• In a preferred embodiment, the service model is constructed one level at a time. This can happen recursively going down or up (in lower or higher levels of) the service hierarchy. When the program needs to determine the children of a particular resource, the program will execute the rules configured for the templates of that seed resource to obtain the set of data necessary to construct the children. Each rule also specifies which templates should be assigned to these new resources, and also assigns field/value pairs and a unique name to the new resources based on external data that is their precursor. In addition, the new resources will inherit the properties of their parent. The templates assigned to the new resources may be preconfigured with their own dynamic rules, so that when the new resources are asked for their children, the rules in their templates will be invoked, and any queries executed may be parameterized by the properties configured in these resources. (For example, the query in the rule may require some identifier of the seed resource to filter out non-relevant resources from getting imported as children. This identifier may be set as a property of the seed resource when the seed resource was itself created from an external set of data.) This described entire procedure will also be followed when building the model from bottom up, as when events come in to populate as-yet unbuilt sections of the service model. Note in one embodiment that the input that selects a service model template may be a user-driven action (e.g., a user manually selecting a template from a list displayed in a GUI), or the input may be an event from a plurality of data sources. For example, when the data sources change, this event may be noted by the construction and transmission logic 314 shown in FIG. 3, which will result in the automatic construction and/or updating of the service model. The service model can be continuously updated by re-running dependency rules configured in the templates when requested by the customer (user) or at a configurable polling interval (during which time period the status of, including any changes to, the data sources may be determined and updated). This will result in the adding and removing of new resources and relationships to the service mode, thus reflecting the current status of the external data sources.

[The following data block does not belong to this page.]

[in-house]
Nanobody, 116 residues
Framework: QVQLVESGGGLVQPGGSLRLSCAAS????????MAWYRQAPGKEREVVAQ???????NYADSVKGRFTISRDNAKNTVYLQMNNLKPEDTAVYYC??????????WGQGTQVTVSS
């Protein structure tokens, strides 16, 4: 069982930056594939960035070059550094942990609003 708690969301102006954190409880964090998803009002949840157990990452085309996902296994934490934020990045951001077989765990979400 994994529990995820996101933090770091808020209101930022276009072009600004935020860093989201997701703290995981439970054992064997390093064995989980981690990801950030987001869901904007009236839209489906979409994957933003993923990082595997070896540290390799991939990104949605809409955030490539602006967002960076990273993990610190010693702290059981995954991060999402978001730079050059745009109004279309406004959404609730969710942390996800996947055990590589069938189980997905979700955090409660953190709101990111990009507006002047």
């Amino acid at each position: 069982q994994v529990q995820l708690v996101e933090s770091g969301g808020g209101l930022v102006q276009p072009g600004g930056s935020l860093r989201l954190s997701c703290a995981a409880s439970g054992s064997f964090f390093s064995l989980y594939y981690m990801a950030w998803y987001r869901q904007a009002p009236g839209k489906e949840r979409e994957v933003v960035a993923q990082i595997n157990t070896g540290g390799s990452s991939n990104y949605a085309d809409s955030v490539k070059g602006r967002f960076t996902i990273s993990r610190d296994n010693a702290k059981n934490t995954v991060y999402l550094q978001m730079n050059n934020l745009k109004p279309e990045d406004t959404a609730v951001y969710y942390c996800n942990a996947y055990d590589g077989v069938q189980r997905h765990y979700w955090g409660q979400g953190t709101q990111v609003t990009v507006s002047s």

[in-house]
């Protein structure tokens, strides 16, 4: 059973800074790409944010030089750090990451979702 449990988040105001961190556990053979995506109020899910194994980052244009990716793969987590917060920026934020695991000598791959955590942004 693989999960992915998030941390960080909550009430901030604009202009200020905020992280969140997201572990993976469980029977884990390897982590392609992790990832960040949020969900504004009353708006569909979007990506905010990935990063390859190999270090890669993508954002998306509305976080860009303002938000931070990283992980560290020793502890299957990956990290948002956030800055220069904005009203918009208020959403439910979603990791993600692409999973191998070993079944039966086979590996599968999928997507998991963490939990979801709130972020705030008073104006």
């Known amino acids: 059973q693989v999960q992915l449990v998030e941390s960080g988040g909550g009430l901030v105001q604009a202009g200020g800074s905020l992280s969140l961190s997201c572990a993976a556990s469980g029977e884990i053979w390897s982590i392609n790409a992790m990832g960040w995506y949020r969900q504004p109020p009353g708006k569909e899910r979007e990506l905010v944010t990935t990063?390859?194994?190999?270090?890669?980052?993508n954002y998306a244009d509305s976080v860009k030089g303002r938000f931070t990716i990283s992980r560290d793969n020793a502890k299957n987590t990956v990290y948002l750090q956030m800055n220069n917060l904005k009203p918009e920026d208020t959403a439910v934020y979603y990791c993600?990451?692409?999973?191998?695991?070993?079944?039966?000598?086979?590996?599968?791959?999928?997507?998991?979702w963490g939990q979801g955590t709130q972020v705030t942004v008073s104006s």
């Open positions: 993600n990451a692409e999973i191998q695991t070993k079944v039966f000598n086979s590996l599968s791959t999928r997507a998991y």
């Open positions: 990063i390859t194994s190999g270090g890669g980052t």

• Another feature of the dynamic discovery method utilized herein is that models discovered (created) can integrate seamlessly with models created manually or programmatically via external Application Program Interfaces (APIs). These resources can be referred to as static resources. Relationships can be assigned manually or programmatically between resources created via dynamic lookups and static resources. Manually created relationships are not subject to change when the external data changes.
  • As depicted in block 412, performance standards for each resource depicted in the service model may be set. These performance standards may be for software (e.g., error rates, throughput, etc.), hardware (e.g., processing times, memory page faults caused by needed data not being stored in cache, etc.) or personnel (e.g., excessive absenteeism, failure to meet sales quotas, etc.). If a resource meets, exceeds, or fails to meet a predetermined performance standard, this condition can be represented by visually coding the particular resource's depiction in the service model (block 414). Utilizing such visual coding is useful to a manager, or a performance software, when performing a business impact analysis based on the performance of various depicted enterprise resources (block 416). The process ends at terminator block 418.